Chevron Corp. is forming a five-year research alliance with the U.S. Dept. of Energy (DOE) and its National Renewable Energy Laboratory (NREL) aimed at developing more renewable transportation fuels. The joint initiative will support “bio-fuels” made from agricultural waste.
The company’s research arm, Chevron Technology Ventures (CTV), and the NREL will work on finding ways to cheaply and more efficiently convert cellulosic biomass, such as forestry and agricultural wastes, into fuels such as ethanol and renewable diesel.
“Our goal is to further diversify the world’s energy sources to help meet the growth in future energy demand,” said Don Paul, vp & chief technology officer for Chevron. “Through this public- private collaboration we hope to … accelerate the development of cellulosic bio-fuels. Process efficiency and suitability for industrial-scale deployment, similar to today's transportation infrastructure systems, are key success factors.”
“Increasing the amount of fuels we can make from America’s farms, forests and fields will greatly enhance the nation’s energy security and economy and help the environment,” said Dan Arvizu, NREL director.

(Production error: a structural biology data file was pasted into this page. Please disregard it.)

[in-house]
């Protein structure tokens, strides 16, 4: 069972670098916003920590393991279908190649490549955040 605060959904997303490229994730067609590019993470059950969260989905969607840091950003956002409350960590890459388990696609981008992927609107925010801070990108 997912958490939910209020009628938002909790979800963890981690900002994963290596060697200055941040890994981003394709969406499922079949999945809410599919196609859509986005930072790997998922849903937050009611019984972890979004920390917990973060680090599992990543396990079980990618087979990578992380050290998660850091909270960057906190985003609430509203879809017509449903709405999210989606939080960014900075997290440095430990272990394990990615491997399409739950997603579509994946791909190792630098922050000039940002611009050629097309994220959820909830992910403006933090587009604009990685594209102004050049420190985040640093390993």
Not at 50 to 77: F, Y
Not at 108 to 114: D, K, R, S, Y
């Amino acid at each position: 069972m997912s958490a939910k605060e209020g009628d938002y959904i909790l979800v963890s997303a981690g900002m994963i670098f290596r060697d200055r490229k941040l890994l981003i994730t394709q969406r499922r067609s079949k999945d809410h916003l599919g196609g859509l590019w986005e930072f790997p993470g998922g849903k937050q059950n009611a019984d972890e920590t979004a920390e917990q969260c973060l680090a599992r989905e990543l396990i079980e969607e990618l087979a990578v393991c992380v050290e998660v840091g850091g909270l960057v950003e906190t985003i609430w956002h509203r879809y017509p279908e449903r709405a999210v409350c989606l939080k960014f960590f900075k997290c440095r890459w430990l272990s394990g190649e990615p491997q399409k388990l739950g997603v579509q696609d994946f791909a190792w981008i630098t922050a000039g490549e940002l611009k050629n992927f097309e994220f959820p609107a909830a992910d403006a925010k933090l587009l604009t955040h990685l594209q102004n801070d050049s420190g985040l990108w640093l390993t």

CTV will also fund research that complements DOE-sponsored work at NREL on bio-oil reforming, a process by which bio-oils derived from the decomposition of biological feed stocks are converted into hydrogen.
“We believe that for the next generation of bio-fuels production to become commercially viable there must be flexibility to diversify the feed stocks, and the processes by which the bio-fuels are produced must also increase in efficiency and effectiveness,” said Rick Zalesky, vp—bio-fuels and hydrogen at CTV. “This research will address both of these fundamental challenges.”
The alliance with NREL is the third bio-fuels research partnership launched by Chevron this year. Chevron recently announced research initiatives with the University of California at Davis and the Georgia Institute of Technology focusing on cellulosic bio-fuels. Chevron noted that since 2000 it has spent more than $1.5 billion on renewable energy projects.